Simple dancing, nothing fancy. You dance because you love to dance and you embrace your friend in the dance. We continue to watch you dance, the two of you. It is still a novelty and still too early and much too risky to join you.

You dance openly and eagerly and another person is infected by the brilliance of what you are doing and comes to join you.

You dance wildly and keenly and as passionately as ever, the energy levels race higher, the tension grows, and the attraction of the dance becomes so compelling that people are wonderfully and inescapably drawn towards the dance. A few people begin to walk and others start to run.

The movement has started.

12 Tips for Creating an Effective Pitch

An elevator pitch needs to be clear, concise, provide a solution and generate interest in order to just get the conversation started

AS WE discovered in the previous post, an elevator pitch is a high-level overview of whatever it is that you are selling and is designed to just get the conversation started (Elevator Pitch Essentials, Chris O’Leary).

As a high level overview, an elevator pitch will need to be kept fairly short and to the point.  The irony is that creating a short pitch is likely to be a fairly long process because you will have to decide what information your listeners need to hear and what are just details. To mis-quote Mark Twain:

I didn’t have time to write a short elevator pitch, so I wrote a long one instead.

There is a lot to think about when preparing an elevator pitch, so to speed up the process I have identified 12 tips for creating an effective pitch.

1. Structure and Content

  1. Be clear – you want people to understand. You need to explain your idea in a way that your mother would understand. You want your audience to do the least amount of work possible.
  2. Be concise – people are busy. Anecdotal evidence suggests that people’s attention starts to waiver after 30 seconds. An elevator pitch should be no longer than 60 seconds.  Too much information will scare people away. Give them just enough information, and make them want to know more.
  3. Provide a solution – people want you to solve their problems. Focus specifically on the problem that you are solving for your audience. If you merely provide a shopping list of skills or services you may leave your audience thinking “So what? How does that help me?” After you have presented the problem, provide an outline of your solution.
  4. Tailor your pitch – different people have different problems. A pitch should address the specific concerns of your audience.
  5. Be credible – who are you? why are you qualified to provide your solution? Explain why you are able to identify and solve the problem.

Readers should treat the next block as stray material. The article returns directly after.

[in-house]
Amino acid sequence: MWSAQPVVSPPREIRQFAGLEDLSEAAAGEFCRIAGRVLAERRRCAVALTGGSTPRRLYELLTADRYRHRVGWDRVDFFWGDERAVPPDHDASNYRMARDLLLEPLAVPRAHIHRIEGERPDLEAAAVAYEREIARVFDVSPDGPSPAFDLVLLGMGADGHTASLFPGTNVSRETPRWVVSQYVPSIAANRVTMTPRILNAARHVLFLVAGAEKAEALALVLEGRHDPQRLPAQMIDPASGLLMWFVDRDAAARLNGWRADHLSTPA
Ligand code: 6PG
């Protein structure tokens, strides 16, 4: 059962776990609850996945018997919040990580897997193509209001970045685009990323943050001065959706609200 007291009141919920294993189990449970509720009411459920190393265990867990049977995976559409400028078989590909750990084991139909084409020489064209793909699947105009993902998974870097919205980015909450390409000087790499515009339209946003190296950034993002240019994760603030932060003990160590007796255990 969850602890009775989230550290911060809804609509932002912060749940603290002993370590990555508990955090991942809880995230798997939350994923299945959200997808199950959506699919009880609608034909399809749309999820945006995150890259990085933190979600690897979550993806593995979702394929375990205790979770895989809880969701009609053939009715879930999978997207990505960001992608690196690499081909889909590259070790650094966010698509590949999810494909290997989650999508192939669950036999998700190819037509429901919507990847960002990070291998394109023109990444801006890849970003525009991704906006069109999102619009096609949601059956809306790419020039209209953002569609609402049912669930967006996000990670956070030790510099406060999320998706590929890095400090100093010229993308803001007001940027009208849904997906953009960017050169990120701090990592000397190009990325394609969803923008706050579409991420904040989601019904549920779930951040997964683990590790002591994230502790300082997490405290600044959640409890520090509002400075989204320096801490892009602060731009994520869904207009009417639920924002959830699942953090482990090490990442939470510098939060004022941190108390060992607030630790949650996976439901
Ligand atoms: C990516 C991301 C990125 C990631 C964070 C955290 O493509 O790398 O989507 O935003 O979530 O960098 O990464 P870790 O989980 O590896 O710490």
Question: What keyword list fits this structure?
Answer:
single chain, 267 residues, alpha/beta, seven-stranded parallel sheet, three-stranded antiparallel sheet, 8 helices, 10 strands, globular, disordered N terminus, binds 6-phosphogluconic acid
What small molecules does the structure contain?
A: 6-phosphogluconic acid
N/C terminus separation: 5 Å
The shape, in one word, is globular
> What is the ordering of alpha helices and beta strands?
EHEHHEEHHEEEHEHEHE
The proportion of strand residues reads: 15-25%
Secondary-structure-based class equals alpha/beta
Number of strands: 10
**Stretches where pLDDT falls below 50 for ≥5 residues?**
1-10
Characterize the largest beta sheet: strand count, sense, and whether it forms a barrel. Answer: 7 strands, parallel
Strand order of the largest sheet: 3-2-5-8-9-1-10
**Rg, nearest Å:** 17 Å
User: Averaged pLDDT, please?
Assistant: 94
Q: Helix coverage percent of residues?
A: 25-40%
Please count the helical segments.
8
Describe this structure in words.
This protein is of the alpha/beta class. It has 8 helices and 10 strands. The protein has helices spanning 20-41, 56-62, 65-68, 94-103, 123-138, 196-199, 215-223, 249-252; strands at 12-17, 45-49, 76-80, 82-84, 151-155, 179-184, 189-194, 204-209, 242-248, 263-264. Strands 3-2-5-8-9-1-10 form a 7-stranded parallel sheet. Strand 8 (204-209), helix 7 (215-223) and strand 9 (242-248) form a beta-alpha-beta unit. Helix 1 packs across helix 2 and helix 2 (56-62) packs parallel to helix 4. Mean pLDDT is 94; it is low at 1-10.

6. Give the big picture – the details are confusing. People are unlikely to understand your idea in the same way that you do, so the details will confuse or bore them. Give a high-level overview of your idea.
  7. Be unique – there are many ideas competing for attention.  What makes your idea different?
  8. Set the hook – you need to generate interest. A hook is a statement designed to generate interest and make your audience want to know more. For example, “I am a consultant in the city” compared with “I am a McKinsey strategy consultant looking at the new media and high tech space. I’m currently looking at cloud computing and how it is changing the computer industry forever.” As a second example, borrowed from Anna Rose, the Australian Youth Climate Coalition has a very short elevator pitch: “The AYCC aims to build a generation wide movement to solve climate change before it is too late.”  The last 5 words are the hook, “before it’s too late”!
  9. Call to action – what do you want? An elevator pitch is not designed the close the deal, it is designed to just get the conversation started.  It would be a good idea however to decide what you would like to achieve out of the interaction. You can then give people an opportunity to help you by asking for what you want: a business card, honest feedback, a referral, legal advice, seed capital, an opportunity to give a full presentation.

2. Delivery

  1. Be prepared – people respond to confidence. First impressions are important and to deliver a strong performance you should practice and get feedback. Prepare answers to any tough questions that you may get in response to your pitch. You need to be comfortable enough to adapt to the conversation as it progresses.
  2. Be genuinely passionate – people tune out the ordinary. If you are genuinely passionate, people are likely to stop and listen. Investors normally expect passion from entrepreneurs as a pre-requisite, a good idea does not compensate for lack of passion.
  3. Have integrity – your story needs to ring true. You need to believe in your own story because the first step is to convince yourself, only then can you convince your audience. Avoid clichés and platitudes.